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New Zealand forces tribute

NEW! Check out our picture library from the WW1 Wellington Quarry Tunnels: Arras   

For a tiny nation New Zealand has always punched above its weight in both World Wars and in conflicts since 1945.  Britain owes a special debt of gratitude to New Zealand not only for the courage and sacrifice of young men and women who in the words of the memorial at Ypres where the memorial at s-Graventafel to the New Zealand Division records that they came 'From the Uttermost Ends of the Earth' but for also for critical leadership in the Battle of Britain.

The inspired leadership of the Royal Air Force's 11 Group by the New Zealander Air Vice Marshall Keith Park earned him the nickname from his adversaries “The Defender of London”.  One of the top Allied fighter aces of the war Johnnie Johnson, echoing Churchill's words about Admiral Lord Jellicoe in World War I,  said of Park “He was the only man who could have lost the war in a day or even an afternoon”. 

Park's command of 11 Group RAF was instrumental in winning the Battle of Britain. After the war Lord Tedder, Chief of the Royal Air Force said of Park "If any one man won the Battle of Britain, he did. I do not believe it is realised how much that one man, with his leadership, his calm judgement and his skill, did to save, not only this country, but the world."

Park was a modest man and so too was Captain Charles Upham one of only three men to win a bar to the Victoria Cross.  Asked about his exploits in Crete and North Africa in World War II that earned him these decorations the New Zealand soldier would say "The military honours bestowed on me are the property of the men of my unit."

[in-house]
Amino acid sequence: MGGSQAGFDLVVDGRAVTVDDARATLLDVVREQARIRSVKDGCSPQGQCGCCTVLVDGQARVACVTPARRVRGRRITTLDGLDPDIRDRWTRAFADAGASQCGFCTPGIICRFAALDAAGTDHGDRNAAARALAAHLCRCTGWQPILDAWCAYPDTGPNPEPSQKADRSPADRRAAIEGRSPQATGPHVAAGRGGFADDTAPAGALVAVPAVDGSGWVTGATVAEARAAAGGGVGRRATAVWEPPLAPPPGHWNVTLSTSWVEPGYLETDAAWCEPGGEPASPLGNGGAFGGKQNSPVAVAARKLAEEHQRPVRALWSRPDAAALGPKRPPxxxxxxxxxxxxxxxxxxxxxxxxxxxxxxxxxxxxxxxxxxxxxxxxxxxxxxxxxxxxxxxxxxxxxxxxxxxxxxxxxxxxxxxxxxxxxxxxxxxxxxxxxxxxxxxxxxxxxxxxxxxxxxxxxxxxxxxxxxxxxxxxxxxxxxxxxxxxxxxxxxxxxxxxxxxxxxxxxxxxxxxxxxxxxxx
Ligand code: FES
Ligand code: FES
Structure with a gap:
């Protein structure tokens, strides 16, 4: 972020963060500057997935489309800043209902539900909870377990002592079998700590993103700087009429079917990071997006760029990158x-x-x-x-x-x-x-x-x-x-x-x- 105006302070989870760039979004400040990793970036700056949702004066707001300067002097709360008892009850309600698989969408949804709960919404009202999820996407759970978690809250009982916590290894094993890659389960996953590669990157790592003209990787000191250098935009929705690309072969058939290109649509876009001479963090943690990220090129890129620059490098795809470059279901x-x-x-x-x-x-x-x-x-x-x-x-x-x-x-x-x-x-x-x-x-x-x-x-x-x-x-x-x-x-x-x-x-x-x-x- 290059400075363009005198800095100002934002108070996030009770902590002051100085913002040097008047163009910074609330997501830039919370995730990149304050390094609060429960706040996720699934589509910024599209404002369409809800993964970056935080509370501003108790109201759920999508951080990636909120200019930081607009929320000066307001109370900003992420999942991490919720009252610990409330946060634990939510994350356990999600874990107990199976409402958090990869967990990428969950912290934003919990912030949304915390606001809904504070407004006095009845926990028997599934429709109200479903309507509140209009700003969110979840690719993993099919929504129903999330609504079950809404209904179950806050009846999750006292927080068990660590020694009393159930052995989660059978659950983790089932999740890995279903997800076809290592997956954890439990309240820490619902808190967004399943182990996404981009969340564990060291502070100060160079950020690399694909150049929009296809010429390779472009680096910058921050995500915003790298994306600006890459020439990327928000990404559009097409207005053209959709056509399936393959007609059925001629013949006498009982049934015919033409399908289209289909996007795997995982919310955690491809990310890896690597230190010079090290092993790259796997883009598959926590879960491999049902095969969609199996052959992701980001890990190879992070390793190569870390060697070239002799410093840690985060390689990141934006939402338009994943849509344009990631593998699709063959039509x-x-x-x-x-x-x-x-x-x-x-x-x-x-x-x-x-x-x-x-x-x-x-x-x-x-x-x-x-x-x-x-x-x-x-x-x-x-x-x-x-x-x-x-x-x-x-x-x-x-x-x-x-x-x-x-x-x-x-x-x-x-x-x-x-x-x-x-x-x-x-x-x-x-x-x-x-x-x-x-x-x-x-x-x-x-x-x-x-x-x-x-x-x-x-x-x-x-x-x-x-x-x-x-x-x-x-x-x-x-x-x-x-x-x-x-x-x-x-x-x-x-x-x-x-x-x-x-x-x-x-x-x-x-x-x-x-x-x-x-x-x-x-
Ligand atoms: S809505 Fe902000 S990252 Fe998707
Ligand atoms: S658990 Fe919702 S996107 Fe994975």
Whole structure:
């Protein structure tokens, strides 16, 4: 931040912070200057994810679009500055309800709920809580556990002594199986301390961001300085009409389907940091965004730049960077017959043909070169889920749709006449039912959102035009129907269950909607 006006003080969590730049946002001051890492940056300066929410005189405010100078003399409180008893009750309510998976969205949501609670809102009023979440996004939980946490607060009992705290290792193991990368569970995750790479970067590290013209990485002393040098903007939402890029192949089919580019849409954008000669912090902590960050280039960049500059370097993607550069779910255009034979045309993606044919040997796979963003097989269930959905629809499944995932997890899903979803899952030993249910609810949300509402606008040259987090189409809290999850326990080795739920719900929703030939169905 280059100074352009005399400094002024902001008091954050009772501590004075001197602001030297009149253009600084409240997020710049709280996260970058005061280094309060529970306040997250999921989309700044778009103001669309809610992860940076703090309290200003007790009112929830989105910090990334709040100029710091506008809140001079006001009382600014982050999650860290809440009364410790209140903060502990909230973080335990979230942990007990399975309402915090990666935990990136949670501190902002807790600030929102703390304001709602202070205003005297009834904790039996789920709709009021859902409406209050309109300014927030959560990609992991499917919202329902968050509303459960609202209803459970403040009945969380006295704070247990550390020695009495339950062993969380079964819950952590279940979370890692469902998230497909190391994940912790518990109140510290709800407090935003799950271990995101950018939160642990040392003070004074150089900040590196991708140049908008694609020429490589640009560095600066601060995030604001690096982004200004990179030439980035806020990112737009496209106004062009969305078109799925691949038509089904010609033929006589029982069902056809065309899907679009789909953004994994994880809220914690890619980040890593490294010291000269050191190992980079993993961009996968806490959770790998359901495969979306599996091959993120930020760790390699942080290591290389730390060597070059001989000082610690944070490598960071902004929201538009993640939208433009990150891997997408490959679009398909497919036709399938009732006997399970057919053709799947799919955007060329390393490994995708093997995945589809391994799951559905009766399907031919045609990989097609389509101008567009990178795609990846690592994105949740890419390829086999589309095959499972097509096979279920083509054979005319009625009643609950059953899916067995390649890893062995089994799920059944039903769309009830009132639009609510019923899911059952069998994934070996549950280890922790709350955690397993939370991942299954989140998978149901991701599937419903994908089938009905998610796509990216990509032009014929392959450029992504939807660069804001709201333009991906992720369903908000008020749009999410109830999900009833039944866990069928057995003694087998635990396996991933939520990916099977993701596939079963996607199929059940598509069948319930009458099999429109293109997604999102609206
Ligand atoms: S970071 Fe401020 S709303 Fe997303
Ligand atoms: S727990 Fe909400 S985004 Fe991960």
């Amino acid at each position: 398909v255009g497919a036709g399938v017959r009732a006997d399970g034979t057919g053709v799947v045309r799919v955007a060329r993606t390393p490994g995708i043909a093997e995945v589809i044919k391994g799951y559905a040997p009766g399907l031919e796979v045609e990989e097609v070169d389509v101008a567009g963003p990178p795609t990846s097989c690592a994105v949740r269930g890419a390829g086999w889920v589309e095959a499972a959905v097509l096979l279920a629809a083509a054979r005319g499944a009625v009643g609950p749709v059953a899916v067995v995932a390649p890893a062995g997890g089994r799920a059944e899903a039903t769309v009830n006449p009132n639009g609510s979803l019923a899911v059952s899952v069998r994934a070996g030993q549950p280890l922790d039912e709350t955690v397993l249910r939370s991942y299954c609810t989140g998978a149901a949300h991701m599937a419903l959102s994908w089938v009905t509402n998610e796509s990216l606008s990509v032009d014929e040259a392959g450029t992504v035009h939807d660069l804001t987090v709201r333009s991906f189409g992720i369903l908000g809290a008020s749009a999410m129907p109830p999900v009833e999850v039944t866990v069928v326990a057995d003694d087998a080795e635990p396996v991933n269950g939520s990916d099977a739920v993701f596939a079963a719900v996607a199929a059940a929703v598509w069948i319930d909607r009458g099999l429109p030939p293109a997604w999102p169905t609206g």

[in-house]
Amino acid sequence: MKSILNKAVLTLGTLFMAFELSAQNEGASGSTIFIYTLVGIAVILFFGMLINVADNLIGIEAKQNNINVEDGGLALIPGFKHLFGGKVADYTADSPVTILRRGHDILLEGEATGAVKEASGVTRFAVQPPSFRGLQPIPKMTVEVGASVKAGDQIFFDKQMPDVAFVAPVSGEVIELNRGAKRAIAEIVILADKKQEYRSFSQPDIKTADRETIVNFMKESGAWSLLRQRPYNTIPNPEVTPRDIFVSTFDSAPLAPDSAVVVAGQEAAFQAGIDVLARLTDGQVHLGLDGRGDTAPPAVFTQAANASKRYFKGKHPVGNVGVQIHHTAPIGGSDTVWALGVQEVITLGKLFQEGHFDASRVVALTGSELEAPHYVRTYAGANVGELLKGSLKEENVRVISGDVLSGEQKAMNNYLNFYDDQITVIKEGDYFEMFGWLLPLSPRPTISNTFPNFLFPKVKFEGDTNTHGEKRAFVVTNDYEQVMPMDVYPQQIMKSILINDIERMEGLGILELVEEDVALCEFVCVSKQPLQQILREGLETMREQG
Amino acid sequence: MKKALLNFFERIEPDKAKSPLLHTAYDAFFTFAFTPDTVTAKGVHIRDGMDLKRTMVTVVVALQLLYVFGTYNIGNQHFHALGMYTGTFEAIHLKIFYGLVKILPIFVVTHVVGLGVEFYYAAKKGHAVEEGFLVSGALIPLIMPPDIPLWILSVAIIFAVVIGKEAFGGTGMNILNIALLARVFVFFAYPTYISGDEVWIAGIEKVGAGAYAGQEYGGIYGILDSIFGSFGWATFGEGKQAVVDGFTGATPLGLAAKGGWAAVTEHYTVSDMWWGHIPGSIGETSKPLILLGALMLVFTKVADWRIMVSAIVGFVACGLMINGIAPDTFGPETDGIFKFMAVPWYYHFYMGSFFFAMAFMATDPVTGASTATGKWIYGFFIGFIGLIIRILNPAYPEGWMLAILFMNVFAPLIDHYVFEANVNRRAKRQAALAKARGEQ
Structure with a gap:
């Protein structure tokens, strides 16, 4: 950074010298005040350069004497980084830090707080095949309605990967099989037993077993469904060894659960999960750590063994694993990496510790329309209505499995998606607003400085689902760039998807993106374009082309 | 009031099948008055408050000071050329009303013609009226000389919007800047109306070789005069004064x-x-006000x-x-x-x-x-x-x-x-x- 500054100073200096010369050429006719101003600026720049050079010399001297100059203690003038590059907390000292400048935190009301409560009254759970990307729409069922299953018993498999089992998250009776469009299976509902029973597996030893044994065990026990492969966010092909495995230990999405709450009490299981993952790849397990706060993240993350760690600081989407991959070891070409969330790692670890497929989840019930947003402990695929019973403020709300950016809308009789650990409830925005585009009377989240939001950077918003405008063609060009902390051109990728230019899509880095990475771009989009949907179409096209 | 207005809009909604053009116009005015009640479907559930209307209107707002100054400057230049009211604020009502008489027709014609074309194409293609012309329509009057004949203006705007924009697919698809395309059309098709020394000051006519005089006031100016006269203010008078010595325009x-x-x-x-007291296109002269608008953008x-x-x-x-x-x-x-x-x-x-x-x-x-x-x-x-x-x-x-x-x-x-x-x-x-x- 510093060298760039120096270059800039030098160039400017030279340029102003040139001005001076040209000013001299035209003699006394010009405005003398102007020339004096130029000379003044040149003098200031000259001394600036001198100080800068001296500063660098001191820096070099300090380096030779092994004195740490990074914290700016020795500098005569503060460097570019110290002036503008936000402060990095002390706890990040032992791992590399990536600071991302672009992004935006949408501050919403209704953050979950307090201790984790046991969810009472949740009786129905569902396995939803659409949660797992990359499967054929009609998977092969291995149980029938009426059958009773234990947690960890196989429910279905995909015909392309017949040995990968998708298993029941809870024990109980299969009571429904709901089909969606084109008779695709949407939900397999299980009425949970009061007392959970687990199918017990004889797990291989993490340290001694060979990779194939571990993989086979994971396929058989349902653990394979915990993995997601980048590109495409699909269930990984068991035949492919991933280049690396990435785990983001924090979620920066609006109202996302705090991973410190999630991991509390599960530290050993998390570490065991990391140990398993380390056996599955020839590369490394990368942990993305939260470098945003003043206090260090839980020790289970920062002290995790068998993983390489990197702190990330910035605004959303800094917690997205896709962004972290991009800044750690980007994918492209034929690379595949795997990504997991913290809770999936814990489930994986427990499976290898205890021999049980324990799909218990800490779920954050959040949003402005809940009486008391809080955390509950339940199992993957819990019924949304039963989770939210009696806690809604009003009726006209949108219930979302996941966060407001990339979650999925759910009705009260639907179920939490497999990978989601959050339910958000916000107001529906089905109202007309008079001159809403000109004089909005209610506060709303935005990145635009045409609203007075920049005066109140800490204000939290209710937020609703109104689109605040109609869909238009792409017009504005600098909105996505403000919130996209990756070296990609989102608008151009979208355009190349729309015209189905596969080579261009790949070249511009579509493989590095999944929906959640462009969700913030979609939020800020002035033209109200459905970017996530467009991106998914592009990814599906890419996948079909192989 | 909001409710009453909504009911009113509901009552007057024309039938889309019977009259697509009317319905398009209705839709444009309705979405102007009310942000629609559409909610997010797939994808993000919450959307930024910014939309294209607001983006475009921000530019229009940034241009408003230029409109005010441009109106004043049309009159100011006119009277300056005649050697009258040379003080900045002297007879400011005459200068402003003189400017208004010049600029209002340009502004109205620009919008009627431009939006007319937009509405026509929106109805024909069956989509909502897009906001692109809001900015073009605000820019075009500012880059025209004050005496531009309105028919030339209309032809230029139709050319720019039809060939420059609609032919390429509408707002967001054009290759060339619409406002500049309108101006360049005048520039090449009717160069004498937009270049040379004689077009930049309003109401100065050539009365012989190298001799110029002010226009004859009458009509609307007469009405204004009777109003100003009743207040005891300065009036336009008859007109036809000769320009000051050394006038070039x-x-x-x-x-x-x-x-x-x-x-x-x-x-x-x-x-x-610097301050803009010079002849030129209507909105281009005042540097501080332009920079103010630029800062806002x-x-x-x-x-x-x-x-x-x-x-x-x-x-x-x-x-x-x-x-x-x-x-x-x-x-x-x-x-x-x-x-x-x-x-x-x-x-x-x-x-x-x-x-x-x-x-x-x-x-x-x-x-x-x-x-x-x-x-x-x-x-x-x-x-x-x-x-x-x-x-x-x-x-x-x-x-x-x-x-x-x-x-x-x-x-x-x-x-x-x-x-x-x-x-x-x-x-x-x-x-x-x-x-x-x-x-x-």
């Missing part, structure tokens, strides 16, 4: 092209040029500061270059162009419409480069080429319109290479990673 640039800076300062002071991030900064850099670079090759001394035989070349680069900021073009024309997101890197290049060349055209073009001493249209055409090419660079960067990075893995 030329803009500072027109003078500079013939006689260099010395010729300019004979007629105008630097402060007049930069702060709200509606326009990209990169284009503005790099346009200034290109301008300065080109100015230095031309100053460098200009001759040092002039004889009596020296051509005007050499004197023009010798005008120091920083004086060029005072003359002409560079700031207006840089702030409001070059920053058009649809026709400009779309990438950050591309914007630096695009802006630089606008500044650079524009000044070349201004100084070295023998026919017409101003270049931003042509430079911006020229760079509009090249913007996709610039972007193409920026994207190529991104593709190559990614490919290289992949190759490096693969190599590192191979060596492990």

The total number of New Zealand troops and nurses to serve overseas in World War I was 100,444, from a population of just over a million. Forty-two percent of men of military age served in the New Zealand Expeditionary Force (NZEF). 16,697 New Zealanders were killed and 41,317 were wounded during the war - a 58 percent casualty rate.

In World War II approximately 12,000 New Zealanders (0.73% of the 1940 population) were killed in action, a much higher percentage than either Australia, (0.57%) Canada, (0.40%) and the UK (0.57%).

Please visit our dedicated New Zealand focused military history website New Zealand Remembrance & Battlefield Tours

Click here to visit the New Zealand archives where you will discover a wide range of fascinating information 

 

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